November 11, 2009
Regional policy is about to become the EU`s major European policy area, measured by the volume of expenditures. By 2013 its annual expenditures are set to exceed those from agricultural policy, which had been the undisputed queen of EU spending for the past 50 years.
It is therefore timely to have a closer look at the way its functioning, benefits and shortcomings when the EU starts preparing the for the financial perspectives for 2014-2020.
The cornerstones of EU regional policy have been laid as early as 1973 after the first enlargement. Since then procedures have become more sophisticated.,cohesion fund But the fundamental approach has not changed. Regional policy aims at greater cohesion among the EU. To that end, the EU participates sin financing developing projects in regions with per capita incomes below <75 percent of the EU average, without much control from Brussels.
For the time after 2014, the Commission wants to focus on income disparity among between member states rather than regions, leaving it up to member states to look after their less well-off regions.
Such an approach would essentially limit regional funding to the new member states in Central Europe, most of which are anyhow too tiny for dividing them into regions with different levels of prosperity is a rather artificial exercise.
It would also the facilitate the elaboration of optimal country optimal strategies for catching up with the rest of the EU, rather than than managing being lost in mostly tiny projects without strategic impact.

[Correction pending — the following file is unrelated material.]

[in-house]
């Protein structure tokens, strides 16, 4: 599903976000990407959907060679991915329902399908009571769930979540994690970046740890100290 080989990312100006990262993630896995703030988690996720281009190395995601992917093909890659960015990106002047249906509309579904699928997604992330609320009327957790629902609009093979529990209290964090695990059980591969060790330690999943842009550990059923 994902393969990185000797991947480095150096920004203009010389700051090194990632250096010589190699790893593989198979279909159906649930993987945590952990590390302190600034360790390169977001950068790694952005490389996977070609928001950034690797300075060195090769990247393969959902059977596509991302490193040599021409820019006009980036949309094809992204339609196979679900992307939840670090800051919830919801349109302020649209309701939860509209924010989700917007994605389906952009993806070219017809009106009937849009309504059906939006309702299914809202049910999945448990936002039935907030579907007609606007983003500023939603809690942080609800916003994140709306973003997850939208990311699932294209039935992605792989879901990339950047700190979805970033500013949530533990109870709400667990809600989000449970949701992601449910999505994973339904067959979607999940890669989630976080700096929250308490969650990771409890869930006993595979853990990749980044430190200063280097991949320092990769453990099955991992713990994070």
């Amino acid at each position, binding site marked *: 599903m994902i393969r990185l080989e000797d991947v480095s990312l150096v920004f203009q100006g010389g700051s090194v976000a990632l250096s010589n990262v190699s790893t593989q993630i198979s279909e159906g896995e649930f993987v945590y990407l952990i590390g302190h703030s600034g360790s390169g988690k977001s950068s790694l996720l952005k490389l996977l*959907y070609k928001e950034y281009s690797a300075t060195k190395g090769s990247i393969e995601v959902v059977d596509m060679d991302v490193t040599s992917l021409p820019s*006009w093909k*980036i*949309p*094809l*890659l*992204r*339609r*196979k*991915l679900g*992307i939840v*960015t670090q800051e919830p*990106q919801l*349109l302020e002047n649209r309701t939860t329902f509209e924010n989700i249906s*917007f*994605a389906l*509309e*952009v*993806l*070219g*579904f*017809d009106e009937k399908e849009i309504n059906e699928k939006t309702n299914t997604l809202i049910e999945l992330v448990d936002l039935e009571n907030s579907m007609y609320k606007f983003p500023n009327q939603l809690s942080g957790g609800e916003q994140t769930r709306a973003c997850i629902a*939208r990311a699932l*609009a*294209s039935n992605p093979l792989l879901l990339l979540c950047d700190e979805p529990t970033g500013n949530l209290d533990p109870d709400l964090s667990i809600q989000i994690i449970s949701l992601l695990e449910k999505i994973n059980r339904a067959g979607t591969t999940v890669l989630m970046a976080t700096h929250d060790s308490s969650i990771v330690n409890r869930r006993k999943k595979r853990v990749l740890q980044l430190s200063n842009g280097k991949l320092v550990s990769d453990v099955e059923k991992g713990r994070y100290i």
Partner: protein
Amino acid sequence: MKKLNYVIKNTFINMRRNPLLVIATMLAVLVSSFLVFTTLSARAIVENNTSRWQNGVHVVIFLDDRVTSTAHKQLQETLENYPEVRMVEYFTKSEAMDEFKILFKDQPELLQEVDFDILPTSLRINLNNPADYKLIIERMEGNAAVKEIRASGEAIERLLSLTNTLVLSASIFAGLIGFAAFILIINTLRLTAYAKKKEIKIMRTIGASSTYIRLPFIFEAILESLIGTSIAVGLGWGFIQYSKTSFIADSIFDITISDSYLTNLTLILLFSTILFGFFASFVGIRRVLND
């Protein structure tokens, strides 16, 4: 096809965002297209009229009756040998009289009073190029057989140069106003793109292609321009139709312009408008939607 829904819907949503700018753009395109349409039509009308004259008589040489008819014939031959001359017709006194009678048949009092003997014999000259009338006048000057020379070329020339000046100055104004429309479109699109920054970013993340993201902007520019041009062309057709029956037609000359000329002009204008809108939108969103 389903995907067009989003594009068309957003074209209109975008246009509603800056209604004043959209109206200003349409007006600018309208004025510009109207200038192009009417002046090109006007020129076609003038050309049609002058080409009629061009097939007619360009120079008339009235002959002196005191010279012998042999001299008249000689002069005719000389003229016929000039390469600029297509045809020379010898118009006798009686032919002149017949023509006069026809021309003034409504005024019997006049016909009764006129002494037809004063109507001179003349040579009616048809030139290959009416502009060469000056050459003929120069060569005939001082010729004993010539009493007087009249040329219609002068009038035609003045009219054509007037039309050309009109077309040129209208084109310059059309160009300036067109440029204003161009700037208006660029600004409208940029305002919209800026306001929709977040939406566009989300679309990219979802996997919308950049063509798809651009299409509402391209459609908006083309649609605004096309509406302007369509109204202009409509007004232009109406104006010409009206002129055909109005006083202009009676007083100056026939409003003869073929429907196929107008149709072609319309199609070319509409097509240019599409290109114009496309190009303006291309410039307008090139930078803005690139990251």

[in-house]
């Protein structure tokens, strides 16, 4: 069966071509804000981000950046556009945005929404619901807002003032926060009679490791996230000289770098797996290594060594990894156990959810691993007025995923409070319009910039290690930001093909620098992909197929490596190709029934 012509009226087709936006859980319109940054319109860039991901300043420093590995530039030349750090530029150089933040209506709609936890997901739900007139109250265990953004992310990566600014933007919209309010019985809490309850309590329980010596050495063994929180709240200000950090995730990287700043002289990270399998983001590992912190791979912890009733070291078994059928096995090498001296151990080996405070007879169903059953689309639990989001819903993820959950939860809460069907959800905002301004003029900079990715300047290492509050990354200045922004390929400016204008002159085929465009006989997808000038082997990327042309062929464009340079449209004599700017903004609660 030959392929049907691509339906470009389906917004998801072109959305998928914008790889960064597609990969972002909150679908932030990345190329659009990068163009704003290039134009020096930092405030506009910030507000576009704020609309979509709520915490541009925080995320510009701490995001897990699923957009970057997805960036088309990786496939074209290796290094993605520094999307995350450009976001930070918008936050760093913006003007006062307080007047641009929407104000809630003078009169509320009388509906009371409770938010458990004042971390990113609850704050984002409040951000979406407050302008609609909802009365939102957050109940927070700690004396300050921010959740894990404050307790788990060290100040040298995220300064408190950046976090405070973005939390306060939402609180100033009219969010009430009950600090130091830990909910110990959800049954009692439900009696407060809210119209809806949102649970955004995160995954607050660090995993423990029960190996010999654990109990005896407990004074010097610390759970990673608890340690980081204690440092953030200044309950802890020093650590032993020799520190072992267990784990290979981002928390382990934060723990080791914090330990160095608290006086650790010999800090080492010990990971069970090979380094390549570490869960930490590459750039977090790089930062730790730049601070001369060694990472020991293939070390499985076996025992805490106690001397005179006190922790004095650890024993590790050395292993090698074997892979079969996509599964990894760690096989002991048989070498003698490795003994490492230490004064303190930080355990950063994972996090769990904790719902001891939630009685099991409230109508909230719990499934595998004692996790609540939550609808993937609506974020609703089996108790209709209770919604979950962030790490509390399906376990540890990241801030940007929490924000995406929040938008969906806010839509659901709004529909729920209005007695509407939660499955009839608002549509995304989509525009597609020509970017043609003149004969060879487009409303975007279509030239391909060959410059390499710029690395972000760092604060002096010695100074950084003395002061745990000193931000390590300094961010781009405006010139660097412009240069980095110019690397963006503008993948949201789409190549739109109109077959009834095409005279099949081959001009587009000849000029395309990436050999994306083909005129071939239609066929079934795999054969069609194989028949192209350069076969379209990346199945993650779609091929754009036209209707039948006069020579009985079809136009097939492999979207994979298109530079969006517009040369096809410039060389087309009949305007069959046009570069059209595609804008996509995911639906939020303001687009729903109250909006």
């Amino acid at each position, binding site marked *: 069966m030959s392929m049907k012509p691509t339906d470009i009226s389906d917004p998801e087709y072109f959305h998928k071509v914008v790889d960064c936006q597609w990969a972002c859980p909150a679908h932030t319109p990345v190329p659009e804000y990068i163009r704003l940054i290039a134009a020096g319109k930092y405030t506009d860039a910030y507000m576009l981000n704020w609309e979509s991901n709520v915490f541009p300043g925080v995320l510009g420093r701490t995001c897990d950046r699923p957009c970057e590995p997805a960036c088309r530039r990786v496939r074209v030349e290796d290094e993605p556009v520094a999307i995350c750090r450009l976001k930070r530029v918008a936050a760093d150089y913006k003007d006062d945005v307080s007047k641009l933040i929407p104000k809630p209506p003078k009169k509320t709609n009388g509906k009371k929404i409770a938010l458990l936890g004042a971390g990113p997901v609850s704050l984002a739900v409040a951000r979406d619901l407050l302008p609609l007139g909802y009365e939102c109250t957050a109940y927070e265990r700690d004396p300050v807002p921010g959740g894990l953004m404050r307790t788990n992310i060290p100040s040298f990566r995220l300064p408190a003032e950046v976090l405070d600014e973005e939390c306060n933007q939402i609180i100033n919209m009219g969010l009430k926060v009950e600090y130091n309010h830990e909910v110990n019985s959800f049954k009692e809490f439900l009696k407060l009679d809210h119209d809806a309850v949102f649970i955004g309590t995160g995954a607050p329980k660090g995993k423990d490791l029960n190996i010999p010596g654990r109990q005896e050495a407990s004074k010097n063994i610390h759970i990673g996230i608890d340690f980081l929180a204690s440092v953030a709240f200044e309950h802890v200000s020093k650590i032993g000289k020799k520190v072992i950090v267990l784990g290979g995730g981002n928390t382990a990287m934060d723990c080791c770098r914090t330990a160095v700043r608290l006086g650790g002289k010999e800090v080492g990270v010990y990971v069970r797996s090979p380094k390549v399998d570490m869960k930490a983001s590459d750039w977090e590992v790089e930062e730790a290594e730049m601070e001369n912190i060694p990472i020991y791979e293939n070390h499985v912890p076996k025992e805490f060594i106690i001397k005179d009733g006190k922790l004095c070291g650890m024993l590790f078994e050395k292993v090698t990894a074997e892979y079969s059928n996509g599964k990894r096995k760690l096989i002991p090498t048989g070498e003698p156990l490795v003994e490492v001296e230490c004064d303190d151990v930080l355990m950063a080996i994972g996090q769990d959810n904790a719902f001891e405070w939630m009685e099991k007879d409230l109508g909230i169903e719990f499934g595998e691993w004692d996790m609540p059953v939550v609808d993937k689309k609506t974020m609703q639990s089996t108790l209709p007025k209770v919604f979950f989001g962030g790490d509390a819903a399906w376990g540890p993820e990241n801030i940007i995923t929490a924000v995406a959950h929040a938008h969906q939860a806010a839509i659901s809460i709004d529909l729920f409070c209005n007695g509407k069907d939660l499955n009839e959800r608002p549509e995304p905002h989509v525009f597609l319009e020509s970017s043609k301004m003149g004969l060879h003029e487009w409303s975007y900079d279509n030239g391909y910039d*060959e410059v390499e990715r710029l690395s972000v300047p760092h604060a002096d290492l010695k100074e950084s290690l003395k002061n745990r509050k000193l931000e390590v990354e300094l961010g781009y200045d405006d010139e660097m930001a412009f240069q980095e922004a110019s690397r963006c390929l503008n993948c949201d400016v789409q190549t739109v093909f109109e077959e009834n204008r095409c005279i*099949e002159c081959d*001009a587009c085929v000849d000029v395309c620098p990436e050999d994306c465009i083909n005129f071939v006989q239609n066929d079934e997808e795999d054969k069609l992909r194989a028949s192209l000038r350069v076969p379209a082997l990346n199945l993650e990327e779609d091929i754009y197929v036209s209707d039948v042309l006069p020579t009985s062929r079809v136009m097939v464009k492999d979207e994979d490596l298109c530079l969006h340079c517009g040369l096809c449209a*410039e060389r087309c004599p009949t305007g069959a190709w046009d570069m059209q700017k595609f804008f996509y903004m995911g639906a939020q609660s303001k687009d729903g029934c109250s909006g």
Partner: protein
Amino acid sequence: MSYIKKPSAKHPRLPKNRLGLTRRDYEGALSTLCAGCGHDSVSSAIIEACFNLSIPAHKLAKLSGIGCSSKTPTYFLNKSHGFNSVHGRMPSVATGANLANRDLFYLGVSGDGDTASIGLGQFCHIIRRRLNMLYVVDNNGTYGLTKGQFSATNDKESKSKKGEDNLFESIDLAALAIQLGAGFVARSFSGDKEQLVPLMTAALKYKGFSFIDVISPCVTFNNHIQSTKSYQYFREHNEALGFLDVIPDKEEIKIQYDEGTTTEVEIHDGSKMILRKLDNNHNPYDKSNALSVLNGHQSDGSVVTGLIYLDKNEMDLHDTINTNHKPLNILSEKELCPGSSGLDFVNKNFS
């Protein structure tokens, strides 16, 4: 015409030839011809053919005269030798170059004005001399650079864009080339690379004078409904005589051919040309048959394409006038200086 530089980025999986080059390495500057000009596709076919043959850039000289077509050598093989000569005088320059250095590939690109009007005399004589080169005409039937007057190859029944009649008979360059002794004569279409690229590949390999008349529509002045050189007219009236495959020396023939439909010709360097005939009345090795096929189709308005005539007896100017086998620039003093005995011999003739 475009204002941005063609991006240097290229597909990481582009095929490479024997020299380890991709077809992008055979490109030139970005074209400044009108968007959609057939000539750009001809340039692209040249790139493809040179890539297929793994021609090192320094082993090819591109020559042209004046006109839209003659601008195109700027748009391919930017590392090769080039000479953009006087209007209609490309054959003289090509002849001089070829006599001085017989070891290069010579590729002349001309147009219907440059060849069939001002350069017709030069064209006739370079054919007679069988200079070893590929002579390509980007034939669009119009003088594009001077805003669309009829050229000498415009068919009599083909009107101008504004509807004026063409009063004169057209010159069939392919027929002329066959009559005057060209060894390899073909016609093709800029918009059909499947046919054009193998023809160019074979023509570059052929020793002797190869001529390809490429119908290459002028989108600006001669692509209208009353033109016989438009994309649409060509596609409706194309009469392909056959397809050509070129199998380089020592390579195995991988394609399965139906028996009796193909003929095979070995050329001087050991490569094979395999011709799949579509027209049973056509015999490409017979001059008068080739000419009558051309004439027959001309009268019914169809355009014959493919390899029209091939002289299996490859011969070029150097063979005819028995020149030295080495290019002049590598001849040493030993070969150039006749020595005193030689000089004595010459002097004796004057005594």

Such reform ideas are bound to encounter violent opposition from a large spectrum of vested interests, which have massively benefited from regional policy during the past 40 years. But the debate is overdue.
The entry into force of the Lisbon Treaty is the ideal moment for reviewing old habits and traditions and adapting EU expenditures to a newan and increasingly hostile external environment., in which Member states are likely to will also become more reticent increasingly reticent to transfer tax receipts for projects to the EU with dubious added value. Subsidising regional projects and large-scale farming no longer seem to fit into the future environment. EU financing should focus much more areas like research, education and energy.common research and external development policy should become much more important for future EU financing.
The EU will need to have a thorough debate on these issues before finalising its 2014its 2014-20 Financial Perspectives.
We can expect ferocious debates in 2010 and 2011.
Brussels, 09.11.09 Eberhard RheinAuthor : Eberhard Rhein